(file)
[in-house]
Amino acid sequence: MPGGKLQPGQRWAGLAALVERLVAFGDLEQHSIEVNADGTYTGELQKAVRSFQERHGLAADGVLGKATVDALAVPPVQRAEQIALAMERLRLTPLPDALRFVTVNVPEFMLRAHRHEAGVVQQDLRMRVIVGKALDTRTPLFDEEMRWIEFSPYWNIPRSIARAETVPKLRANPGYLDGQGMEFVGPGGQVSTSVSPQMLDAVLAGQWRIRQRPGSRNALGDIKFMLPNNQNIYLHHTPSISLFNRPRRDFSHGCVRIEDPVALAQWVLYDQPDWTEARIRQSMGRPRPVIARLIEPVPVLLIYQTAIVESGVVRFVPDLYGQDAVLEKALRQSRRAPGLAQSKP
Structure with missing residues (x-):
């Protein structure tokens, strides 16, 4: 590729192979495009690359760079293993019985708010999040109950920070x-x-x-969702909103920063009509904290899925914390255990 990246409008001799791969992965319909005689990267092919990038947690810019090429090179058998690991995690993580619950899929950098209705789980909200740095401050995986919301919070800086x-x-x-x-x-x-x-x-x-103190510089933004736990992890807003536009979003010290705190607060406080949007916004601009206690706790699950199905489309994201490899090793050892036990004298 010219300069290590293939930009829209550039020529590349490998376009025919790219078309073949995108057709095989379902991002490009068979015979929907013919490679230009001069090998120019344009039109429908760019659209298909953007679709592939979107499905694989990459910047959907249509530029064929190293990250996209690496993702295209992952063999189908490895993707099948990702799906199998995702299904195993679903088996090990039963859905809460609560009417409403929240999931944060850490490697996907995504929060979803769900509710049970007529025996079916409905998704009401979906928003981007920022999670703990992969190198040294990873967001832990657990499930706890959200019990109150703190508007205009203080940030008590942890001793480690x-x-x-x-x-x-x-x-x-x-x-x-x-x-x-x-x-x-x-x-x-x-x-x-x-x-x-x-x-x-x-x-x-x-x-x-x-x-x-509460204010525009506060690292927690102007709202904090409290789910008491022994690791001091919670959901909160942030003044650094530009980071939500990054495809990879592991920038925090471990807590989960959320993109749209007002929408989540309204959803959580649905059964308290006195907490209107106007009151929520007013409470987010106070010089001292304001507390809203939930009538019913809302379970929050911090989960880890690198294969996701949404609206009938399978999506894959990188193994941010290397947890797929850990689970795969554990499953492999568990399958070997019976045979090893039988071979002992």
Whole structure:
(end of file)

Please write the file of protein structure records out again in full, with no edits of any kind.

[in-house]
Amino acid sequence: MPGGKLQPGQRWAGLAALVERLVAFGDLEQHSIEVNADGTYTGELQKAVRSFQERHGLAADGVLGKATVDALAVPPVQRAEQIALAMERLRLTPLPDALRFVTVNVPEFMLRAHRHEAGVVQQDLRMRVIVGKALDTRTPLFDEEMRWIEFSPYWNIPRSIARAETVPKLRANPGYLDGQGMEFVGPGGQVSTSVSPQMLDAVLAGQWRIRQRPGSRNALGDIKFMLPNNQNIYLHHTPSISLFNRPRRDFSHGCVRIEDPVALAQWVLYDQPDWTEARIRQSMGRPRPVIARLIEPVPVLLIYQTAIVESGVVRFVPDLYGQDAVLEKALRQSRRAPGLAQSKP
Structure with missing residues (x-):
């Protein structure tokens, strides 16, 4: 590729192979495009690359760079293993019985708010999040109950920070x-x-x-969702909103920063009509904290899925914390255990 990246409008001799791969992965319909005689990267092919990038947690810019090429090179058998690991995690993580619950899929950098209705789980909200740095401050995986919301919070800086x-x-x-x-x-x-x-x-x-103190510089933004736990992890807003536009979003010290705190607060406080949007916004601009206690706790699950199905489309994201490899090793050892036990004298 010219300069290590293939930009829209550039020529590349490998376009025919790219078309073949995108057709095989379902991002490009068979015979929907013919490679230009001069090998120019344009039109429908760019659209298909953007679709592939979107499905694989990459910047959907249509530029064929190293990250996209690496993702295209992952063999189908490895993707099948990702799906199998995702299904195993679903088996090990039963859905809460609560009417409403929240999931944060850490490697996907995504929060979803769900509710049970007529025996079916409905998704009401979906928003981007920022999670703990992969190198040294990873967001832990657990499930706890959200019990109150703190508007205009203080940030008590942890001793480690x-x-x-x-x-x-x-x-x-x-x-x-x-x-x-x-x-x-x-x-x-x-x-x-x-x-x-x-x-x-x-x-x-x-x-x-x-x-x-509460204010525009506060690292927690102007709202904090409290789910008491022994690791001091919670959901909160942030003044650094530009980071939500990054495809990879592991920038925090471990807590989960959320993109749209007002929408989540309204959803959580649905059964308290006195907490209107106007009151929520007013409470987010106070010089001292304001507390809203939930009538019913809302379970929050911090989960880890690198294969996701949404609206009938399978999506894959990188193994941010290397947890797929850990689970795969554990499953492999568990399958070997019976045979090893039988071979002992």
Whole structure: